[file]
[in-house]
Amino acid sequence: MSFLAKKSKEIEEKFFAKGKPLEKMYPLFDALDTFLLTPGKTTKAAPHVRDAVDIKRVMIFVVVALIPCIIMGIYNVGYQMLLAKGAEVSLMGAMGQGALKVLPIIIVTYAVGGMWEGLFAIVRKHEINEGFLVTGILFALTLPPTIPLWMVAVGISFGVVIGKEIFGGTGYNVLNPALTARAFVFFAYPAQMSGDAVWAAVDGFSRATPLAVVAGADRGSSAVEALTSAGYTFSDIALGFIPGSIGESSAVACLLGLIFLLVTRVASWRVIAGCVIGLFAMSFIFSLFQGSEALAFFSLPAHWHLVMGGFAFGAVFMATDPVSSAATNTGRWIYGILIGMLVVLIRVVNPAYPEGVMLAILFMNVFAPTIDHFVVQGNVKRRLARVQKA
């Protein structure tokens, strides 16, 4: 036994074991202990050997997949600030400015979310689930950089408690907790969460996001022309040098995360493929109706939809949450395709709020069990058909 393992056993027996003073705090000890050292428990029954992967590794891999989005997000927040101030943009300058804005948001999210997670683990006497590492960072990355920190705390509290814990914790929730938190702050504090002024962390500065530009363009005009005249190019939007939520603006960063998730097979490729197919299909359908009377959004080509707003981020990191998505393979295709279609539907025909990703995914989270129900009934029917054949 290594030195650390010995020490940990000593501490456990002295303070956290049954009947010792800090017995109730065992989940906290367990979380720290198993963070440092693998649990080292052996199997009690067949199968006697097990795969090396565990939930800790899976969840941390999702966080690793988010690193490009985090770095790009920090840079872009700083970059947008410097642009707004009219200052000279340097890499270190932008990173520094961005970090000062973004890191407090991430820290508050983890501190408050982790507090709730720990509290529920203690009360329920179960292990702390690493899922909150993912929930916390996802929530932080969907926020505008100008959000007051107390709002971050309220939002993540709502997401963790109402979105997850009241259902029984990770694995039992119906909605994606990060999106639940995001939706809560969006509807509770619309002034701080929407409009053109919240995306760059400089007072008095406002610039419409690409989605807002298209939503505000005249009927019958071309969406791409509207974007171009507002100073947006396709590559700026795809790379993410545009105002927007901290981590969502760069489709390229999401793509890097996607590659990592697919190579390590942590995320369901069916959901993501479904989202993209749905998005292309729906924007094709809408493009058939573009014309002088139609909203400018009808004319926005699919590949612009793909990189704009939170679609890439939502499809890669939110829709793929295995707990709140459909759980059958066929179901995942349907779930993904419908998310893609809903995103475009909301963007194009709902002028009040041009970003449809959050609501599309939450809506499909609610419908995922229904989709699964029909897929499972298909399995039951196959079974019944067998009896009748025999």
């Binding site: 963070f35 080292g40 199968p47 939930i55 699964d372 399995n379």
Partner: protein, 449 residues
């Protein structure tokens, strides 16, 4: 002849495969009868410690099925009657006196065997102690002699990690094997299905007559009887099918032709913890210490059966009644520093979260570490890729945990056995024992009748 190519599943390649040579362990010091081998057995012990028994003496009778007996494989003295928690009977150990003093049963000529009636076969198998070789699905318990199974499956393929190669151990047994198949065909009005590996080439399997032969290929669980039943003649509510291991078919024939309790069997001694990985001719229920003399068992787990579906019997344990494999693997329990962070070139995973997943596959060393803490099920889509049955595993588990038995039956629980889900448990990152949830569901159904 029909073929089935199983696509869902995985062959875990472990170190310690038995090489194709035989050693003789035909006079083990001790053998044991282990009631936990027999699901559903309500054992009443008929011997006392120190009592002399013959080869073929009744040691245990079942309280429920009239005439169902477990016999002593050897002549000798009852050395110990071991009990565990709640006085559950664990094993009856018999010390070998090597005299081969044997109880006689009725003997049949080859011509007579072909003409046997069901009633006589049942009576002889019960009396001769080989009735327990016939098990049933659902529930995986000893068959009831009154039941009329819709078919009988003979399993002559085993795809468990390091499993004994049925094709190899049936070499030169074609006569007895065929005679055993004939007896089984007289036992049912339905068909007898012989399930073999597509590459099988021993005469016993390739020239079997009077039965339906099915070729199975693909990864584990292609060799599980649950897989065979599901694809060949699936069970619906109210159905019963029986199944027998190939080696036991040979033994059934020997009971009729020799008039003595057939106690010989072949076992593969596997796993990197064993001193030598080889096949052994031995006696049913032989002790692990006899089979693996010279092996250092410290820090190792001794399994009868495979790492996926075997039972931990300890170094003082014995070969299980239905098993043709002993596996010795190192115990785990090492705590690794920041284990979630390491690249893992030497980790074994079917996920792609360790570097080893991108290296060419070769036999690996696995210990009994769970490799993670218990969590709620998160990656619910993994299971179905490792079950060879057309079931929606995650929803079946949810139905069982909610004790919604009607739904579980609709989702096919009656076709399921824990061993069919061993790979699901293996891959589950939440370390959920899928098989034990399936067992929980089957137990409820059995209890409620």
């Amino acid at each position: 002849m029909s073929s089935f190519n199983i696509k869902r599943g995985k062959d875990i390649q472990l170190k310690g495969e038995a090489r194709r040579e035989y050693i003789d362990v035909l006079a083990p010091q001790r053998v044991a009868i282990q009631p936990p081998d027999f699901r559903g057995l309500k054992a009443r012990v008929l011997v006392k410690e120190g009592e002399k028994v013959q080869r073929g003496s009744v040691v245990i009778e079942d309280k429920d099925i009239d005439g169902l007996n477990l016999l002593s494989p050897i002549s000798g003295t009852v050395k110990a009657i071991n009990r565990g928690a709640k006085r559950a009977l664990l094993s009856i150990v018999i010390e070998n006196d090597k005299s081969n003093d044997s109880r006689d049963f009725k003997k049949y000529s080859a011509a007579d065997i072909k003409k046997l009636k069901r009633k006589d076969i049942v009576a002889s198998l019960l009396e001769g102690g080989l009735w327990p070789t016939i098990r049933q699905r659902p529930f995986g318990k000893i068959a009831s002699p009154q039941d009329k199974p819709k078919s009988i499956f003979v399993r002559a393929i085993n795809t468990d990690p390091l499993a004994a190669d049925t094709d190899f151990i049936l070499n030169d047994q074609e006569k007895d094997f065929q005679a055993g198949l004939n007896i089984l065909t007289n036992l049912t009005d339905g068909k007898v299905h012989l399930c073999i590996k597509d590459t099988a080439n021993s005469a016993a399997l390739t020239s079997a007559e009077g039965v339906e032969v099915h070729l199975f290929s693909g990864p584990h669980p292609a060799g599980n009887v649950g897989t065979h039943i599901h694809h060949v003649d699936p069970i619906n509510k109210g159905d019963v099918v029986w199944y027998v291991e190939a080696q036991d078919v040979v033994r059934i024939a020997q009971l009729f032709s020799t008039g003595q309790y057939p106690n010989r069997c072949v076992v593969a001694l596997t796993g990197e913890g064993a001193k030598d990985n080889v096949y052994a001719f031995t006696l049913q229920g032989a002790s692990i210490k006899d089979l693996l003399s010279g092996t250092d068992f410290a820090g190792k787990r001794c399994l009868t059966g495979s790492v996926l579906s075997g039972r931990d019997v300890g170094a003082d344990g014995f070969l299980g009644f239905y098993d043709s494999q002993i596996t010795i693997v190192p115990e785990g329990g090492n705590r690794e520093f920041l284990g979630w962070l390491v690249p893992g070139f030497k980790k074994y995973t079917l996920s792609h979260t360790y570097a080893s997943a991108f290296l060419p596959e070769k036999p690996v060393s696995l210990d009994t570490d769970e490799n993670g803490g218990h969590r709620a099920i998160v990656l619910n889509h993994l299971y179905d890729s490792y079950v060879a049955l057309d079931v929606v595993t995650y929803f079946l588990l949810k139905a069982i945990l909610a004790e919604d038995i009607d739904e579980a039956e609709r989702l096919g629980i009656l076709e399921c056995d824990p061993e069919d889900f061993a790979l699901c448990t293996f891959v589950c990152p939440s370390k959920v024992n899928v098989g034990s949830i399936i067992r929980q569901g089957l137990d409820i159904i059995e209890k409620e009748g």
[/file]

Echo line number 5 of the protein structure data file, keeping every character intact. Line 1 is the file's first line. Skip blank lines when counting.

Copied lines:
Partner: protein, 449 residues